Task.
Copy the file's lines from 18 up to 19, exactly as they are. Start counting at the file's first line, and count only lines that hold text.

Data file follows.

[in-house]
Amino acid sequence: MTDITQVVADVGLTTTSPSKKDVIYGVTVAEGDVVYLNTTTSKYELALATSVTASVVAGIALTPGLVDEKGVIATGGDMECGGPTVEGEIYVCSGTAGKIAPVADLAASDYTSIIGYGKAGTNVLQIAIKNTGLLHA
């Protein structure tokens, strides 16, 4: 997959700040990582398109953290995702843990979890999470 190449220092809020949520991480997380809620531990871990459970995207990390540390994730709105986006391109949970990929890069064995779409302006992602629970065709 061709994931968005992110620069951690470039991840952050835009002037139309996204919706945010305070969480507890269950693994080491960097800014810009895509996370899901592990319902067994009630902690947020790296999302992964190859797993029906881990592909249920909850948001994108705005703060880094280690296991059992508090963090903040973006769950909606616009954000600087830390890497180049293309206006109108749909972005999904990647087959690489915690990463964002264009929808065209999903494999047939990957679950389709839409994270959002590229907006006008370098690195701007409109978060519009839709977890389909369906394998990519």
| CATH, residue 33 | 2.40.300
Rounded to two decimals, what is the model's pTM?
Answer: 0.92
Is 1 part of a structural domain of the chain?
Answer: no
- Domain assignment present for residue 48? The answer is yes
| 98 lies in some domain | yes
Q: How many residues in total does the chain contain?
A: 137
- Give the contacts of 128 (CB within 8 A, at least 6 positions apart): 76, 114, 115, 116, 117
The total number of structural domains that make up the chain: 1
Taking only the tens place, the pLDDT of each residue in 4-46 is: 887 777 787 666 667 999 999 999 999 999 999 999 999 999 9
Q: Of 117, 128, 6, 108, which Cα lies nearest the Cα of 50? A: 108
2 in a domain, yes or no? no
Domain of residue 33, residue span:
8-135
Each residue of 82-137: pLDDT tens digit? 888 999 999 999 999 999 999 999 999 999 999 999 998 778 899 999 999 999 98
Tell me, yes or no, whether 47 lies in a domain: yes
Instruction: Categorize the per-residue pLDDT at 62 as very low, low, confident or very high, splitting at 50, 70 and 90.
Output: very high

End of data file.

Domain of residue 33, residue span:
8-135